Couple preparing an advance directive paperwork.

Advance Directive Clinic Helps You Set Up Living Will, Power of Attorney

March 9, 2018

Loyola Medicine pulmonologist Paul Hutchison, MDLoyola Medicine offers a new program to help patients put in writing their wishes for medical care in the event they can’t speak for themselves. The Advance Directive Clinic gives patients the time needed to learn about, discuss and complete a healthcare power of attorney, living will or other directive. Paul J. Hutchison, MD, established and leads the program.

What is an advance directive?

An advance directive is any decision you make for yourself in case you lose the ability to communicate. It puts in writing your wishes, and with your signature, it is a legal document that describes future decisions about your healthcare.

What are the types of advance directives?

The state of Illinois allows several types of advance directives, but the most commonly used are: power-of-attorney for healthcare, living will, and Practitioner Orders for Life-sustaining Treatment (POLST). 

Everyone over the age of 18 should, at the least, complete a healthcare power-of-attorney form, which appoints a trusted family member or friend to speak for you if you lose the ability to communicate.

A living will may be helpful if you are facing a terminal illness or want to be prepared in case you suffer a debilitating injury, stroke or other condition. It can specify the types of treatments you would or wouldn’t want in certain situations. The state of Illinois has a standard form you can fill out, or you can write your own living will with your physician or lawyer. 

POLST is a medical order that reflects an individual’s wishes about receiving cardiopulmonary resuscitation (CPR) and life-sustaining treatments such as medical interventions and artificially administered nutrition.

In the Advance Directive Clinic, we primarily help patients complete power-of-attorney forms. While we can answer questions about the POLST form, we encourage you to complete this with your primary care physician if it is something you wish to pursue.

Why do I need an advance directive?

You are encouraged to have an advance directive for two important reasons. First, with an advance directive in place, doctors can follow your wishes when you can’t speak for yourself. Let’s say you are injured in a car accident and brought to the hospital unconscious. The healthcare team can take better care of you by knowing the kinds of treatments you would want and whom you trust to make decisions for you.

Second, it takes the burden off family members who may be asked what medical treatments you would want. These types of decisions can be stressful for family members. With an advance directive in place, your family will know what you want, so they are not left hoping they made the right decision for you. It helps your doctors and family choose treatments that are in your best interest based on what you have shared in your advance directive.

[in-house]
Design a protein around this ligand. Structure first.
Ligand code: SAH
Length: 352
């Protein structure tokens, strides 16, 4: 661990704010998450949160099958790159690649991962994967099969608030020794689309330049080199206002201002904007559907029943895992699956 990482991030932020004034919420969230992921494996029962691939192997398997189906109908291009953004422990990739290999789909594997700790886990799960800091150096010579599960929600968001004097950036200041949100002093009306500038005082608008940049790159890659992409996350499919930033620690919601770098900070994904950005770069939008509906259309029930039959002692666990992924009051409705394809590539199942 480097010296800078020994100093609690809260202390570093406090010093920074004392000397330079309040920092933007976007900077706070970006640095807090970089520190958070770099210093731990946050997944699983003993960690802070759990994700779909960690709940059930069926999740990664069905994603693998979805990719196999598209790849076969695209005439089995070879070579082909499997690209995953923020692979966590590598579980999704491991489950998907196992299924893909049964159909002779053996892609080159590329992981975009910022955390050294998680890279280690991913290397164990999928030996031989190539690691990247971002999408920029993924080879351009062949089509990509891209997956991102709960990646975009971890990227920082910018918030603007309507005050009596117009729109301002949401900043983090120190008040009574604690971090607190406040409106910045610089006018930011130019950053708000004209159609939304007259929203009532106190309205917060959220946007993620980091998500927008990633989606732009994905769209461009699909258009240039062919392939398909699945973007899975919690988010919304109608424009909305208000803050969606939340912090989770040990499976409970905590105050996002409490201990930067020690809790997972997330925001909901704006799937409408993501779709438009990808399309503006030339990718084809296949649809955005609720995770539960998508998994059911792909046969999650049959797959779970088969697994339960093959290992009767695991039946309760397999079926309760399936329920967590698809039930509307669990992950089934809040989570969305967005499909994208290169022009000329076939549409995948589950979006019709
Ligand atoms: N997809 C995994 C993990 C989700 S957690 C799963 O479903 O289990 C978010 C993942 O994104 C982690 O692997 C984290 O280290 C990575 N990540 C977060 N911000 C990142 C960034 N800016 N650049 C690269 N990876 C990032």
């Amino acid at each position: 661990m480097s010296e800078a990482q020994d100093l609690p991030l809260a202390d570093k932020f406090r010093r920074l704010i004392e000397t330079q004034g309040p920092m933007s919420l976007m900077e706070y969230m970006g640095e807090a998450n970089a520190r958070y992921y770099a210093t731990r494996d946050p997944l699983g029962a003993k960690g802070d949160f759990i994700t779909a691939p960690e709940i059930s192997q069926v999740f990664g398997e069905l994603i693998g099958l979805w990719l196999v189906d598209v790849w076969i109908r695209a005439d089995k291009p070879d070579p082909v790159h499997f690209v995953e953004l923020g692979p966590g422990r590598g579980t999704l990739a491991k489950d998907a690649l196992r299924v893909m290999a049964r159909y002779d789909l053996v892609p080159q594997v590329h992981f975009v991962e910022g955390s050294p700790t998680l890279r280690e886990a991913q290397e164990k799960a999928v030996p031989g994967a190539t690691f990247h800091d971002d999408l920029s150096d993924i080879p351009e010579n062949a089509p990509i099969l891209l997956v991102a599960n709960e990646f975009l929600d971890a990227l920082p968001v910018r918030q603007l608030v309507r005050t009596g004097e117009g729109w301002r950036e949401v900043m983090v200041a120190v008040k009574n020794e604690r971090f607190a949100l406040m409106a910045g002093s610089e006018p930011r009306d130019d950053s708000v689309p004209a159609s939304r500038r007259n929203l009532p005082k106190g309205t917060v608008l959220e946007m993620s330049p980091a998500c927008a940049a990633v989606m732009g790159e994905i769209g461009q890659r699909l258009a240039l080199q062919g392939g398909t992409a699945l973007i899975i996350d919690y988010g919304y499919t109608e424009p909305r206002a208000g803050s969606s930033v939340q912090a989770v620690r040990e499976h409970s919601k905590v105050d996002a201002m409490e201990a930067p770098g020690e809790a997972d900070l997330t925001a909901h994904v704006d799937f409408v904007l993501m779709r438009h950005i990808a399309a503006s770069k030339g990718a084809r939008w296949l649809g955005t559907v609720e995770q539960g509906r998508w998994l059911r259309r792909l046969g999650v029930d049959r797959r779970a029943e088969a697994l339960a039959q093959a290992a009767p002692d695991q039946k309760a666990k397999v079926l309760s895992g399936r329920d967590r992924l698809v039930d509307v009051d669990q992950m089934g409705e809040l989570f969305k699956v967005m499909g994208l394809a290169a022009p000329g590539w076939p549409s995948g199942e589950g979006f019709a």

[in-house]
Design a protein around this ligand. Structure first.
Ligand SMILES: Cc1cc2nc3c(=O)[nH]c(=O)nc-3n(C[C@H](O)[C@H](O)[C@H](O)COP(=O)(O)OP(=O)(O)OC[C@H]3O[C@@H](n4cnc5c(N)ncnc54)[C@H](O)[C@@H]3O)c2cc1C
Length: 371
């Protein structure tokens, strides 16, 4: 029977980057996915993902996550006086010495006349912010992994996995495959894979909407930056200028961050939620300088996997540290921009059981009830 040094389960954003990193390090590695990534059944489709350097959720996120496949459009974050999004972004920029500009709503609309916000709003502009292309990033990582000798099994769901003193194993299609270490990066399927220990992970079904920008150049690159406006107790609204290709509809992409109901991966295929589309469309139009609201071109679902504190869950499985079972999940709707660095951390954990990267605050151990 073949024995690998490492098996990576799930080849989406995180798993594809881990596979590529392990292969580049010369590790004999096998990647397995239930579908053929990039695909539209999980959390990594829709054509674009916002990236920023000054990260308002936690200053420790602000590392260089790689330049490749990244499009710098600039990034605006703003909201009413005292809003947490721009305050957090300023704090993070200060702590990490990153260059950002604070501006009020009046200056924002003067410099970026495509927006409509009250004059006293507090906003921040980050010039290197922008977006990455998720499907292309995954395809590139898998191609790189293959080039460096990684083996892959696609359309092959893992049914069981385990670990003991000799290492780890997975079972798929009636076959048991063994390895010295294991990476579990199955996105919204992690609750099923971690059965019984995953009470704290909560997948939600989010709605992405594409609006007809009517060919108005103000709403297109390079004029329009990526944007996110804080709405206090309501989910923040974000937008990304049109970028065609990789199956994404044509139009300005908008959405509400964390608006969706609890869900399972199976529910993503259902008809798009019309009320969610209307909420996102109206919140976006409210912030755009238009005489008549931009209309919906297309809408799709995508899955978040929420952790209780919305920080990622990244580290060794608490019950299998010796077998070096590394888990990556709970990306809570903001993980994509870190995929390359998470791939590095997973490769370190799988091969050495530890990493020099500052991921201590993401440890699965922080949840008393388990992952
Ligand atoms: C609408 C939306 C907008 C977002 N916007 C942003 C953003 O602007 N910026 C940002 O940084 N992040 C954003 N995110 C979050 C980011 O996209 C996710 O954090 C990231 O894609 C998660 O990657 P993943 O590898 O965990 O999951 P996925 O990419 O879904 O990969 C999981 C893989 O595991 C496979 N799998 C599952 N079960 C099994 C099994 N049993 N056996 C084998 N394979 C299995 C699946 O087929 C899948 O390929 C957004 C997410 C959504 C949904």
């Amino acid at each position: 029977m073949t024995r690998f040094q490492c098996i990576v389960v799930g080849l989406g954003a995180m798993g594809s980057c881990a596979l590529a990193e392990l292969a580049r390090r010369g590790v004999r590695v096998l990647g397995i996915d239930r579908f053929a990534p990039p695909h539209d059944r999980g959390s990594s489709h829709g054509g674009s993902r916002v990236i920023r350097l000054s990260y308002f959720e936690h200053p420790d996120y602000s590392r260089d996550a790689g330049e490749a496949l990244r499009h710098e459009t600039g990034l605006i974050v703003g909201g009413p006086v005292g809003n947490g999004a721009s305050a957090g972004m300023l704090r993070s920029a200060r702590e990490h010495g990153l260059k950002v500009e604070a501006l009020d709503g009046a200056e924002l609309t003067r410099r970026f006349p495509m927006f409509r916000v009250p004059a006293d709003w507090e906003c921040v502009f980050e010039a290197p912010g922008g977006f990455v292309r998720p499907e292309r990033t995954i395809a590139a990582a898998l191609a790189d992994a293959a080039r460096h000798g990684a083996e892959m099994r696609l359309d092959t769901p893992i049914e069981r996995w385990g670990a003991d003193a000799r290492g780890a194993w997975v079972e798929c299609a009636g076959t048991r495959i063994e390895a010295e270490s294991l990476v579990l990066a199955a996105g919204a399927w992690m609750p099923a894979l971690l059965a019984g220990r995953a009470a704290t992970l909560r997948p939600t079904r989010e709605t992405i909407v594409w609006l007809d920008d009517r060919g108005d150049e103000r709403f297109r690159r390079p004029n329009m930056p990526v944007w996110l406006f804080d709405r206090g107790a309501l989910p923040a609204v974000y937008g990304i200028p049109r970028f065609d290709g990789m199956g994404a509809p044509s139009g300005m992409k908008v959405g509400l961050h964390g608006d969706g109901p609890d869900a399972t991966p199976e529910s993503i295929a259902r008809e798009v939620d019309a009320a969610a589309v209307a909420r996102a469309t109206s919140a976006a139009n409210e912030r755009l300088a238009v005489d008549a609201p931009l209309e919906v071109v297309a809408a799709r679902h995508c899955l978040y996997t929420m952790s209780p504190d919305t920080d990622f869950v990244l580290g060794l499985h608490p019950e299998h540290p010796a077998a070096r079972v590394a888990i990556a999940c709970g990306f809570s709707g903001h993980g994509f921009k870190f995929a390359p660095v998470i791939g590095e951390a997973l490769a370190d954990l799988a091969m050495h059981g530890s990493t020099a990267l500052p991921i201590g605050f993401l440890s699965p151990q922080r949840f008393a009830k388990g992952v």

When is the best time to set up an advance directive?

The best time to complete an advance directive is now. You need to complete an advance directive when you are healthy. If you lose the ability to think clearly and communicate, you will not be able to complete one.

Who should be involved in creating my directive?

Ideally, you would include trusted family members or friends in the process. If you choose a healthcare power of attorney, you should let that person know and make sure they are comfortable being in that role. Also, give your primary care physician a copy of the advance directive.

What if I’m too sick to decide what to do and I don’t have anything set up?

If you fall ill and lose the ability to communicate, your decision-maker is assigned to you based on state law. In Illinois, the decision-maker is selected in this order: legal guardian, spouse, adult children, parents, adult siblings, grandchildren, and close friends.

How does the clinic work?

At an Advance Directive Clinic appointment, I meet with you, your trusted friend or family members and a member of the clinic team. All clinic visits are scheduled for 30 minutes, which allows ample time to complete an advance directive, discuss your values and answer questions about your future.

First, we go through the power of attorney form step by step. If you feel comfortable with the form and wish to sign it, we can provide someone to witness your signature, which will make the document official. A copy will be scanned into Loyola's electronic medical record.

Then, we discuss your values and preferences for medical care. This crucial conversation helps family members and Loyola's healthcare team understand how you would like to be cared for if you were ever to become ill.

Most insurance plans provide coverage for this visit, although co-pays and deductibles may apply.

Why did Loyola decide to start an advance directive clinic?

Loyola is committed to the inherent worth and dignity of all our patients. Respecting an individual's personal values, wishes and sense of dignity is an important part of this commitment. We recognize that visits with your primary doctor may be too short to address all of your questions and concerns about advance directives. 

How common are these types of clinics?

While many hospitals have resources for patients to complete an advance directive, we are not aware of any other hospital that offers a dedicated, one-on-one consultation with a physician who is trained in medical ethics. 

To make an appointment with Dr. Hutchison’s Advance Directive Clinic at Loyola Outpatient Center, call 888-584-7888, or ask your primary care doctor to refer you.

Paul J Hutchison, MD, MA, is a pulmonary and critical care physician who cares for patients in Loyola University Medical Center’s intensive care unit. He is an assistant professor of medicine and bioethics at Loyola University Chicago’s Stritch School of Medicine.